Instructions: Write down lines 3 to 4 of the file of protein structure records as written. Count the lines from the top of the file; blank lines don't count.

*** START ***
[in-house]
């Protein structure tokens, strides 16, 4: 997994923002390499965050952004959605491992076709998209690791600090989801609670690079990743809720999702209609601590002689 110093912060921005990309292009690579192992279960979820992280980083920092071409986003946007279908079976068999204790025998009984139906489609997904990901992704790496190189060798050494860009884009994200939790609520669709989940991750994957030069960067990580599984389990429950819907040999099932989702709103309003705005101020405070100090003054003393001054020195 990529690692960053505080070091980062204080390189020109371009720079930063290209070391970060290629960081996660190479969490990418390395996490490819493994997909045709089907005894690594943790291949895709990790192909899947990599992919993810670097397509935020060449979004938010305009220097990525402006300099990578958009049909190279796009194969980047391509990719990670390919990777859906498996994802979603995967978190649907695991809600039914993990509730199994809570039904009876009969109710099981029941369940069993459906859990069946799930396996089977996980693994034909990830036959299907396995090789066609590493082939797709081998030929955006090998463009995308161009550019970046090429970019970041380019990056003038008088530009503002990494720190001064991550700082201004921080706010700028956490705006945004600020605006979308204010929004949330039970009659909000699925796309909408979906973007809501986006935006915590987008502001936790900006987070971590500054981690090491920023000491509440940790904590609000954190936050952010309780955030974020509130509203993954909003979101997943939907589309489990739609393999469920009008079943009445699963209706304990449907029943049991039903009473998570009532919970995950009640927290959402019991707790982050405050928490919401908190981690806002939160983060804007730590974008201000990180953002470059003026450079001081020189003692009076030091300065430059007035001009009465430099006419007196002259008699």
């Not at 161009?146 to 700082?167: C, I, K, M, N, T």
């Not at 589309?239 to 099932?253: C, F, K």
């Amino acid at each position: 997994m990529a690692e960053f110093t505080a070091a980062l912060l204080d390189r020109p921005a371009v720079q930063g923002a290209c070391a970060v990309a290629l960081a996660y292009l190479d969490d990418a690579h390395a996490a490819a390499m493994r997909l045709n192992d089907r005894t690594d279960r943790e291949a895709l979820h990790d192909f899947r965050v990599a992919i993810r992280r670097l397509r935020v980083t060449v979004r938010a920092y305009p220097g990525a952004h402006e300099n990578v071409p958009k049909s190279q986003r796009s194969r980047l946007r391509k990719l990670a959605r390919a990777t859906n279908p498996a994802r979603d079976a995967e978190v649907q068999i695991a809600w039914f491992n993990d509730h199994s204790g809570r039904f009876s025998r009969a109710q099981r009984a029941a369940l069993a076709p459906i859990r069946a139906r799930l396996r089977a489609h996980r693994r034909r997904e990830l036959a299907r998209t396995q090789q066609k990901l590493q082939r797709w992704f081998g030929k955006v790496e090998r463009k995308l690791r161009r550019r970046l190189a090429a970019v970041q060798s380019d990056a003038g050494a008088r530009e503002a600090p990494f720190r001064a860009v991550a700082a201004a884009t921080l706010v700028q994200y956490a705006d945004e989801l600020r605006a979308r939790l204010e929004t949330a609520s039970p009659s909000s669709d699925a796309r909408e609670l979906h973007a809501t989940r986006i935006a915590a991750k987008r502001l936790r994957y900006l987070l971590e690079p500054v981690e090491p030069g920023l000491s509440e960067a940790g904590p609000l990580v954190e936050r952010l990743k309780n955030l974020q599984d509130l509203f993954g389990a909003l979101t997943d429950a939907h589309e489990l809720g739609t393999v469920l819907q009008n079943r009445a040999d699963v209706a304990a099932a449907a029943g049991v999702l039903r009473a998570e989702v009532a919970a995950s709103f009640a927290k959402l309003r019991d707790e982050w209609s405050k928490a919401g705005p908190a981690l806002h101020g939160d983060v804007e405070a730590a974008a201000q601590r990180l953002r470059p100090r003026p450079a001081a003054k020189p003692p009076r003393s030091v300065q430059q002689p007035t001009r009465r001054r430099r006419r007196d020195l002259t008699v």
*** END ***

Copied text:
């Not at 161009?146 to 700082?167: C, I, K, M, N, T």
């Not at 589309?239 to 099932?253: C, F, K």